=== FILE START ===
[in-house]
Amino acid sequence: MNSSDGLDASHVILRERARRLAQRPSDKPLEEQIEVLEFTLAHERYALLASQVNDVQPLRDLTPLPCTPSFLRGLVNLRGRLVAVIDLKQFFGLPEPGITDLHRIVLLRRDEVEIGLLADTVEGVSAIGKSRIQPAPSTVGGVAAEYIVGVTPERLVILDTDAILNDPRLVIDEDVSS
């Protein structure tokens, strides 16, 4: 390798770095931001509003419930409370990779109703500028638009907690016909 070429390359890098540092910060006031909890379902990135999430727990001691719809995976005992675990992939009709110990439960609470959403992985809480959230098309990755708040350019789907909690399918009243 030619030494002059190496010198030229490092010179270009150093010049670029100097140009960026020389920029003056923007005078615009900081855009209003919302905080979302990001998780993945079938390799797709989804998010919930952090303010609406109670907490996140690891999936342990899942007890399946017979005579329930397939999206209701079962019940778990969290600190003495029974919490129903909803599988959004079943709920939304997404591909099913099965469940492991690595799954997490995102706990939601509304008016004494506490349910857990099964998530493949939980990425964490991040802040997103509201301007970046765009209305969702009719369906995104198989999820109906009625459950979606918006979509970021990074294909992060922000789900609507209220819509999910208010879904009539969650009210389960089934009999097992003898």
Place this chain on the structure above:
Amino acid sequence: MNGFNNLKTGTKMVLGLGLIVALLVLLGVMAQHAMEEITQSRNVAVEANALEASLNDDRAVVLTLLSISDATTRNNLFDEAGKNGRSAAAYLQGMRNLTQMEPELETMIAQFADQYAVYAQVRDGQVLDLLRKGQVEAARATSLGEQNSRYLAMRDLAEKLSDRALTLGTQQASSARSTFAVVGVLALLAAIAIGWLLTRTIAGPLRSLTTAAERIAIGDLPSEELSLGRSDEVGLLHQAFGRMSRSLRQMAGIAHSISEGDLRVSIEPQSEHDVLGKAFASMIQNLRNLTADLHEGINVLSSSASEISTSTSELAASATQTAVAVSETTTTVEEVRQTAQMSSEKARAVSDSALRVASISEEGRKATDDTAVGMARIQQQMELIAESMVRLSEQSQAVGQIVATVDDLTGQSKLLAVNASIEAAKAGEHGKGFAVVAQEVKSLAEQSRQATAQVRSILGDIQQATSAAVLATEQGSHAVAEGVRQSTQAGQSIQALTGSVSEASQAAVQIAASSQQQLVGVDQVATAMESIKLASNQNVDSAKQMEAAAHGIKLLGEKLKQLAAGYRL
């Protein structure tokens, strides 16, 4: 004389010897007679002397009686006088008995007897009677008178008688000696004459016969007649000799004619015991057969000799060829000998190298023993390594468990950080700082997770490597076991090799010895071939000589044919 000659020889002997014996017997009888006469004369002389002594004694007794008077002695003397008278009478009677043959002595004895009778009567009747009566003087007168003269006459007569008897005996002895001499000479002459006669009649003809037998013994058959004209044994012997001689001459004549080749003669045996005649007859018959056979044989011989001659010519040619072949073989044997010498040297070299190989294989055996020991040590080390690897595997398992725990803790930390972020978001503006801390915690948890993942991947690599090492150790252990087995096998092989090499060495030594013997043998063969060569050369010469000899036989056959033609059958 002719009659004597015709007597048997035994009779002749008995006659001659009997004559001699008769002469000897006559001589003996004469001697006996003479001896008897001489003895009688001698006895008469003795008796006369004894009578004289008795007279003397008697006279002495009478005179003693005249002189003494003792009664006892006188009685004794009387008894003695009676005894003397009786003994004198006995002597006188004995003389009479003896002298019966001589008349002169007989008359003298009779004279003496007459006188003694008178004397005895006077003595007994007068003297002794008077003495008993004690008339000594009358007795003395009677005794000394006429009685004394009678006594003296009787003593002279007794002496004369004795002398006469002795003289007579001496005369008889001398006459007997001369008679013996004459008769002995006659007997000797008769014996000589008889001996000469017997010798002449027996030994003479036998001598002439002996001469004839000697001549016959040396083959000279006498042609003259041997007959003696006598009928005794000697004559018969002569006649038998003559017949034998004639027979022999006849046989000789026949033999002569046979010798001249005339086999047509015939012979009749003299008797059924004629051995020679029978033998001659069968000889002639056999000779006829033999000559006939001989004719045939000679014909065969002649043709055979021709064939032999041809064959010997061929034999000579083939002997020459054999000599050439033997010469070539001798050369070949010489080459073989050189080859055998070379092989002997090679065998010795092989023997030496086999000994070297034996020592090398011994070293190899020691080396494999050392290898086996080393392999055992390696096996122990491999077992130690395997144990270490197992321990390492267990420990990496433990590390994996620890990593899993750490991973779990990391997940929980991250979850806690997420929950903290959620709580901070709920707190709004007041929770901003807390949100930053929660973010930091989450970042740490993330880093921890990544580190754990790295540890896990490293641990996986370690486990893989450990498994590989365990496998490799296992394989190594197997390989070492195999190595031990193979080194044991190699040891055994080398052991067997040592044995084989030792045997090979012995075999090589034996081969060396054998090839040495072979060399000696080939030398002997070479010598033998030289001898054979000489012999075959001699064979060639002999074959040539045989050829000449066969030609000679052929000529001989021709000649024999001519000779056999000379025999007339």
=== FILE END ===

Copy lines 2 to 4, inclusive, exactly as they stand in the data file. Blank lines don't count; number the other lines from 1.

Amino acid sequence: MNSSDGLDASHVILRERARRLAQRPSDKPLEEQIEVLEFTLAHERYALLASQVNDVQPLRDLTPLPCTPSFLRGLVNLRGRLVAVIDLKQFFGLPEPGITDLHRIVLLRRDEVEIGLLADTVEGVSAIGKSRIQPAPSTVGGVAAEYIVGVTPERLVILDTDAILNDPRLVIDEDVSS
């Protein structure tokens, strides 16, 4: 390798770095931001509003419930409370990779109703500028638009907690016909 070429390359890098540092910060006031909890379902990135999430727990001691719809995976005992675990992939009709110990439960609470959403992985809480959230098309990755708040350019789907909690399918009243 030619030494002059190496010198030229490092010179270009150093010049670029100097140009960026020389920029003056923007005078615009900081855009209003919302905080979302990001998780993945079938390799797709989804998010919930952090303010609406109670907490996140690891999936342990899942007890399946017979005579329930397939999206209701079962019940778990969290600190003495029974919490129903909803599988959004079943709920939304997404591909099913099965469940492991690595799954997490995102706990939601509304008016004494506490349910857990099964998530493949939980990425964490991040802040997103509201301007970046765009209305969702009719369906995104198989999820109906009625459950979606918006979509970021990074294909992060922000789900609507209220819509999910208010879904009539969650009210389960089934009999097992003898």
Place this chain on the structure above: